By Tony Parra: Freedom Newspapers
PORTALES — They fought for social justice. Decades later, they told their stories so Portales won’t forget.
More than 100 people remembered Portales’ history and spoke out Sunday against how minority Portales residents were treated during the late 1960s and early 1970s.
Portales resident Dolores Penrod, a member of the Democratic Women of Roosevelt County and Voices of Democracy, helped organize The Struggle for Social Justice in Roosevelt County last Sunday at the Memorial Building.
“It was all of us working together that got the job done,” Penrod said. “We were called insurgents and rabble-rousers, names we should bear quite proudly. That’s what we were known as. We’re here to tell the story of the events that happened.”
Penrod recalled how one resident spoke out against Portales public schools when she learned her son would be spanked for speaking Spanish on the junior high school playground.
The boy was suspended from school, but he was not spanked and eventually received attendance credit despite the suspension, Penrod said.
The Mexican American Legal Defense and Education Fund in Santa Fe stood up against the school’s action, Penrod said.
Bob Wood, a Portales district school board member during the early 1970s said he has seen little change, and gave two examples: the Headstart program and bilingual education.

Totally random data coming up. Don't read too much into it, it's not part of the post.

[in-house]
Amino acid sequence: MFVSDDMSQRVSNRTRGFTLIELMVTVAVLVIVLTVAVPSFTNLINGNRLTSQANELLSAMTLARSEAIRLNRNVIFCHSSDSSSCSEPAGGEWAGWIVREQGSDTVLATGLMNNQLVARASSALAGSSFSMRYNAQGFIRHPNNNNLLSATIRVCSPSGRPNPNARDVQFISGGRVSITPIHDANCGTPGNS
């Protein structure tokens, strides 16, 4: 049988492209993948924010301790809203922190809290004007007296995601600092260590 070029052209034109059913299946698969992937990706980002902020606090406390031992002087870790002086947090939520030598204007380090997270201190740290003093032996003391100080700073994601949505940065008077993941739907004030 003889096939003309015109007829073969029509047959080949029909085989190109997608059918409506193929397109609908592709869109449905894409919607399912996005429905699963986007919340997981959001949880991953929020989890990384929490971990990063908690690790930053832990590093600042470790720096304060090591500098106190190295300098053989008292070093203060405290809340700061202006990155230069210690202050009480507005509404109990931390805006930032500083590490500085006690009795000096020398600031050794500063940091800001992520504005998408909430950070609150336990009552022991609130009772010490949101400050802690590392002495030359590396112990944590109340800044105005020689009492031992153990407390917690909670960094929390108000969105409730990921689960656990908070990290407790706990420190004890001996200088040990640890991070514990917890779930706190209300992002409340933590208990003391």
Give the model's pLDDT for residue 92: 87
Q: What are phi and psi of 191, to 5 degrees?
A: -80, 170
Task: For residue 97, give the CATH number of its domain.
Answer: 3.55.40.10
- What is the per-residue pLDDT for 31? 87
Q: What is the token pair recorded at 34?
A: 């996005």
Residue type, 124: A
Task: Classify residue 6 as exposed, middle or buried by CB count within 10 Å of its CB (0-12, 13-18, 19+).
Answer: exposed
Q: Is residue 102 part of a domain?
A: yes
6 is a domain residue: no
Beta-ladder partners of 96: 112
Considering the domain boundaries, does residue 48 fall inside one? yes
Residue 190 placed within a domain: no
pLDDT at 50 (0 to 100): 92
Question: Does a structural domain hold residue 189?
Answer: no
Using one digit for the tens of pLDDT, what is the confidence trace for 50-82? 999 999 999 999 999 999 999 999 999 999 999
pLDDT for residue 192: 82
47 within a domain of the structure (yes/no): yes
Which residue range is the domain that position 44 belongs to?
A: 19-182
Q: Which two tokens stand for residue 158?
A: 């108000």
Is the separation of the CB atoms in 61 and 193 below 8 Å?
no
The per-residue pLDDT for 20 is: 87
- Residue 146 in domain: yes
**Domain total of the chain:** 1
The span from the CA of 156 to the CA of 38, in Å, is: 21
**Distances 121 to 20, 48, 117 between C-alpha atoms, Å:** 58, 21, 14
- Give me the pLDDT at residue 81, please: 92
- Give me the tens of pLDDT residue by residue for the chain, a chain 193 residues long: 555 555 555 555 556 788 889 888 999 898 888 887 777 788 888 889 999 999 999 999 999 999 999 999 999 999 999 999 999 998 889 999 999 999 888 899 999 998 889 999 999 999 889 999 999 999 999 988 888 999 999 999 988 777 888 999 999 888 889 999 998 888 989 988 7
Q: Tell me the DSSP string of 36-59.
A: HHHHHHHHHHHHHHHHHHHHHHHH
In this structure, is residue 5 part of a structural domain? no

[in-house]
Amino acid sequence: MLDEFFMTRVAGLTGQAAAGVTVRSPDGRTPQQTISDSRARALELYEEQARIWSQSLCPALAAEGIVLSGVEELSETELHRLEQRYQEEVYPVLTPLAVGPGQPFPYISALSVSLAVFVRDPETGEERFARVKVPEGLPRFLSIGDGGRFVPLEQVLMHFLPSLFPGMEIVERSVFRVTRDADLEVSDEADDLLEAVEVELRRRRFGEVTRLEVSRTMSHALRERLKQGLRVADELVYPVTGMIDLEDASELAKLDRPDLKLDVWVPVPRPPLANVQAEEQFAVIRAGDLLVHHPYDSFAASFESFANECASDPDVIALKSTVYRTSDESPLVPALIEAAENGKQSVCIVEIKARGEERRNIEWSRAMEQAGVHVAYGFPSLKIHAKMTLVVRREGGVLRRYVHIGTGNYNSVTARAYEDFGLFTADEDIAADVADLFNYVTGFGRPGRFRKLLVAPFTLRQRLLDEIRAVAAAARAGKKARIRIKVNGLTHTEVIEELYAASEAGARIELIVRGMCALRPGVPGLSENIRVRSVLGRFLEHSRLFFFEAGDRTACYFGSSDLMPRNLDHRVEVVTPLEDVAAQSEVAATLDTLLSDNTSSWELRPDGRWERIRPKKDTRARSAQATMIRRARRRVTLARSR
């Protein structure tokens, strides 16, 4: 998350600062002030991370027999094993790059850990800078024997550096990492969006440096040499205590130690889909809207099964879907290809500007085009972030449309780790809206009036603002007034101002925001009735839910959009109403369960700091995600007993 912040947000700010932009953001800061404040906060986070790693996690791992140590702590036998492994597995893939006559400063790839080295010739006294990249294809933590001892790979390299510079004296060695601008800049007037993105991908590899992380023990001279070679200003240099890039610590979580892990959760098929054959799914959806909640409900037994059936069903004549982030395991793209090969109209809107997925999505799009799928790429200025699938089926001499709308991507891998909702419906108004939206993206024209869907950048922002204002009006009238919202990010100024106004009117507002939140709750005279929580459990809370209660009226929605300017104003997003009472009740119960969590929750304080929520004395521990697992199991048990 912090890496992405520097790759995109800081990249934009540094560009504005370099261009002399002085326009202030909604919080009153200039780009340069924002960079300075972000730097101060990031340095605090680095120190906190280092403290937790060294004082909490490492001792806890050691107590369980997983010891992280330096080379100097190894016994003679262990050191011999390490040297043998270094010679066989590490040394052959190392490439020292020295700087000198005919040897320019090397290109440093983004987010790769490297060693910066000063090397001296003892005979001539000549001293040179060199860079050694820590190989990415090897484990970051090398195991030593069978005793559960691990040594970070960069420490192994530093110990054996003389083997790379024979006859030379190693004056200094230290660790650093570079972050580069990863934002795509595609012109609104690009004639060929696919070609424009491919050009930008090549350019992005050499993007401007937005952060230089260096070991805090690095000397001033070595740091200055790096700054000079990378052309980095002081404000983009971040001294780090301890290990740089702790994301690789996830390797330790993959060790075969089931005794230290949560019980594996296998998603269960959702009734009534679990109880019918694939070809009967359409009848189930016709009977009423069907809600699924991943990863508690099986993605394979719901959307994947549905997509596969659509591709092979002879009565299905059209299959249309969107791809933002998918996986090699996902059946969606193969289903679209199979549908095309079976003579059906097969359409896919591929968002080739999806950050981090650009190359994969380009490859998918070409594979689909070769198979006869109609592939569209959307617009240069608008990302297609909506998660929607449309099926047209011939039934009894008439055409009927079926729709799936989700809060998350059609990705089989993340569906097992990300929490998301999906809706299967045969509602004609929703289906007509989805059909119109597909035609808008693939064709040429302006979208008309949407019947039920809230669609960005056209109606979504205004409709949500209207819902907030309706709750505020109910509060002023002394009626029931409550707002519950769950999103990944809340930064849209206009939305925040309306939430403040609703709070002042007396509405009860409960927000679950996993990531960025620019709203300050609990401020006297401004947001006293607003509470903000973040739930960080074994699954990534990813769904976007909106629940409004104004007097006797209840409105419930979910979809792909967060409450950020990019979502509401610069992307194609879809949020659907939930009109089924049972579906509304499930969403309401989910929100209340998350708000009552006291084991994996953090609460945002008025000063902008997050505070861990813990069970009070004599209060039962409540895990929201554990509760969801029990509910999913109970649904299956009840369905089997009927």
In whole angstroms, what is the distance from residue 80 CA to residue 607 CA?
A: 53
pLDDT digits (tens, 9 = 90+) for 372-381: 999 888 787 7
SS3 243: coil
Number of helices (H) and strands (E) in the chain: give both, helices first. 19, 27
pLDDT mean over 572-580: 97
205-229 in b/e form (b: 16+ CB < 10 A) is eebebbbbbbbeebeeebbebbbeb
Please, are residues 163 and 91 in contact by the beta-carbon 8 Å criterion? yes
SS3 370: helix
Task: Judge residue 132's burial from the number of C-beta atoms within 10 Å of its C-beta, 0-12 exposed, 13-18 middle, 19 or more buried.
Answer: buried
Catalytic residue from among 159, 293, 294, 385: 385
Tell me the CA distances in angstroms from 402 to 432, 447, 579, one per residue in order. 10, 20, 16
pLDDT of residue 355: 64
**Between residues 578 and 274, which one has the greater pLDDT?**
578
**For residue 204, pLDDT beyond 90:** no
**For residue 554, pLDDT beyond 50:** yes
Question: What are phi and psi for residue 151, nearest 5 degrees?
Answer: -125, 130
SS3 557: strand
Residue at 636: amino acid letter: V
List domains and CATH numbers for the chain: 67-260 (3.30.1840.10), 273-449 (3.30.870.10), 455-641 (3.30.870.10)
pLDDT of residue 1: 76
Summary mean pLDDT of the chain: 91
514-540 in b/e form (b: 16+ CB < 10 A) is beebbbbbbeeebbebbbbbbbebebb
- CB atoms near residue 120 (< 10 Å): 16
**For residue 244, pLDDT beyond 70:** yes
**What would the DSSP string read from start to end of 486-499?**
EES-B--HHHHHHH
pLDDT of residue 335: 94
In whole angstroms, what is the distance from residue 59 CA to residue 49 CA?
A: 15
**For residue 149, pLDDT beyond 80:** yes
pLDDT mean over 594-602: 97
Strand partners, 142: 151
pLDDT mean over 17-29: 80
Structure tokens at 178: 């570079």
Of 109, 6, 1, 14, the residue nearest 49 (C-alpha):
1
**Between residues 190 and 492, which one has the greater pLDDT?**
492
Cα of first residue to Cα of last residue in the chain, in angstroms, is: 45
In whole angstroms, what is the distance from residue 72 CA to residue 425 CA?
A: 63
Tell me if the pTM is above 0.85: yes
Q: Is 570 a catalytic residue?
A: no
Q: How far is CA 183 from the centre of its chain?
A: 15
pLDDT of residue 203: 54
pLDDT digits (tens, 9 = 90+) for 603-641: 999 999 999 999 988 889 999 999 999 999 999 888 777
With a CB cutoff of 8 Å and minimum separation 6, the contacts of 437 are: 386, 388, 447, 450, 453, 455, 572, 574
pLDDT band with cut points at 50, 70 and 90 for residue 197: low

In May of 1970, New Mexico’s attorney general said bilingual teaching was not required in public schools.
Frank Sanchez stood at Portales school board meetings in the 1970s and said administrators told him they couldn’t find any Hispanic educators to teach Spanish.
Frustrated, bilingual students joined together in a lawsuit against Portales Municipal Schools.
The court sided with the plaintiffs and mandated the implementation of bilingual education, according to a Yale Education Website.
After the courts ruled in favor of bilingual education, “All of a sudden they found nine teachers who could teach Spanish,” Sanchez said.
However, Wood said bilingual education was instituted before students sued Portales schools.
Opinions regarding language and diversity have changed over the last 30 and 40 years, Portales schools Superintendent Randy Fowler said.
Being bilingual is now seen as a strength, he said.